Echoes of Ancient Cataclysm Heard Through Ocean Rock
Although I should be joining the angst against our newly elected president, this paper fell into my lap. It precisely represents the purpose of my blog, and so reviewing it is probably a better way to spend my time than yelling at idiots on facebook.
A neat paper just went up on arxiv.org: The Link Between the Local Bubble and Radioisotopic Signatures on Earth. It came to my attention via the Astrobiology Web, where they published the abstract. I’ll throw up the abstract below, after a quick summary of the paper and its predecessor.
The iron isotope 60Fe is quite rare in nature. It’s only created during cataclysmic events – yes, more cataclysmic than the 2016 presidential election. Think supernovae, or worse. It has a half-life of about 2.6 million years (Myr), which means that none of the 60Fe generated 4-5 Million years ago (Ma) during the creation of our solar system is left. We know it existed, though, because its echo is preserved in its daughter isotope, 60Ni. This isotope of nickel is also quite rare, is found in super old Earth crust, and is created only as the decay product of 60Fe. Thus, any 60Fe we find in the crust today must have salted the Earth only a few million years ago.
An earlier paper by Wallner, et al., Recent near-Earth supernovae probed by global deposition of interstellar radioactive 60Fe, presented mass spectrometer analysis of eight portions of ancient ocean crust scattered around the world, each containing tiny amounts of <sup>60</sup>Fe. This 60Fe was most likely produced by supernova explosions within the last 10 Myr or so. It just so happens that astronomers have found possible evidence of these explosions, in the bodies of stars and matter within the Scorpius Centaurus Association, which stretches from Antares in Scorpius all the way down to include the Southern Cross. These supernovae likely inflated a cavity within the local Orion Spur, a dense part of the Milky Way’s interstellar medium. In fact, evidence of this cavity has been explored for the past few decades, and it has the name Local Bubble – our solar system has been traveling inside this cavity for at least the past 10 Myr. Hence, the 60Fe found by Wallner, et al., sounds like an echo of this supernova chorus that sang out so near our planet a few million years ago.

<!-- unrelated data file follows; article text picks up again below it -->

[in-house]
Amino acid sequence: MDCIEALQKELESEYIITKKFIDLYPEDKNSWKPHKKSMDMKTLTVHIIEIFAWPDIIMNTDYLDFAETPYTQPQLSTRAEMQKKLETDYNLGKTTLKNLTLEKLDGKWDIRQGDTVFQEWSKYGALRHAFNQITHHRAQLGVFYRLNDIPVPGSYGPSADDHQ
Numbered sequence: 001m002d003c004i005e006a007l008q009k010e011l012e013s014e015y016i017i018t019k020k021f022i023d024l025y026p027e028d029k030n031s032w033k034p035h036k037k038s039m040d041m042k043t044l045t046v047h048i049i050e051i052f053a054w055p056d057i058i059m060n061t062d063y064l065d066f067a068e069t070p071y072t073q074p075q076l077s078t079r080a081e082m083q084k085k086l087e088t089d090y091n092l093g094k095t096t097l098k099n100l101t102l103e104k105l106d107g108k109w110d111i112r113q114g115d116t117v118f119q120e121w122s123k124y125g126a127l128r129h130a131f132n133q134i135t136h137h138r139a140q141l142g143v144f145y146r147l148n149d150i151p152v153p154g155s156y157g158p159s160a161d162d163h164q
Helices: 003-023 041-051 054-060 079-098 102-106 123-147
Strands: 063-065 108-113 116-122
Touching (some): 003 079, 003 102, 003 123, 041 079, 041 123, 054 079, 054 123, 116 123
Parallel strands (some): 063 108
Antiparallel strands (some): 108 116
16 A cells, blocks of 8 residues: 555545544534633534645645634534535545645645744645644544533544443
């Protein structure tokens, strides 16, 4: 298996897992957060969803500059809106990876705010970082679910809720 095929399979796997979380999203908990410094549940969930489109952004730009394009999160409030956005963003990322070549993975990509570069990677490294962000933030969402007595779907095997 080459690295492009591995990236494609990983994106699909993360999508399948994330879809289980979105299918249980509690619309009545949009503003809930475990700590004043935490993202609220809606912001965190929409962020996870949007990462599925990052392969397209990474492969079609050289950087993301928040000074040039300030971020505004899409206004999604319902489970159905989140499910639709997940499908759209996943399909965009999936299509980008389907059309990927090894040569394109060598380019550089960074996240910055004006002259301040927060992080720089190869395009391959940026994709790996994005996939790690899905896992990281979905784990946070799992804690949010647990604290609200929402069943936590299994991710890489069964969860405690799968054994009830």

The authors go further in the arxiv.org paper: Feige, et al.. Here, several stars from the Scorpius Centaurus Association are identified as potential precursors to the Local Bubble supernovae. Tracing the stellar trajectories back in time, Feige et al. create a synthetic history of the Local Bubble to model what Earth’s environment may have encountered. They find that, according to the model, the best fit to the 60Fe signal found in the Earth’s crust occurs at about the time our solar system passed through the shell of the expanding bubble, 2-3 Ma. They note that the oceanic drill cores also indicate a supernova signal around 6.5-8.7 Ma, which they will attempt to model in the future.
It should be noted that Wallner, et al., are not the first to identify live 60Fe in the Earth’s rock. Other researchers have found such deposits in the single domain magnet chain fossils of magnetotactic bacteria, again, in the same rough date range (~3 Ma). The transition from Pliocene to Pleistocene also occurred around this time, and may have had some direct causal relationship with the supernovae that peppered the Earth with 60Fe. Maybe we’ll investigate some of these loose ends in future posts!
Traces of 2-3 Myr old 60Fe were recently discovered in a manganese crust and in lunar samples. We have found that this signal is extended in time and is present in globally distributed deep-sea archives. A second 6.5-8.7 Myr old signature was revealed in a manganese crust. The existence of the Local Bubble hints to a recent nearby supernova-activity starting 13 Myr ago. With analytical and numerical models generating the Local Bubble, we explain the younger 60Fe-signature and thus link the evolution of the solar neighborhood to terrestrial anomalies.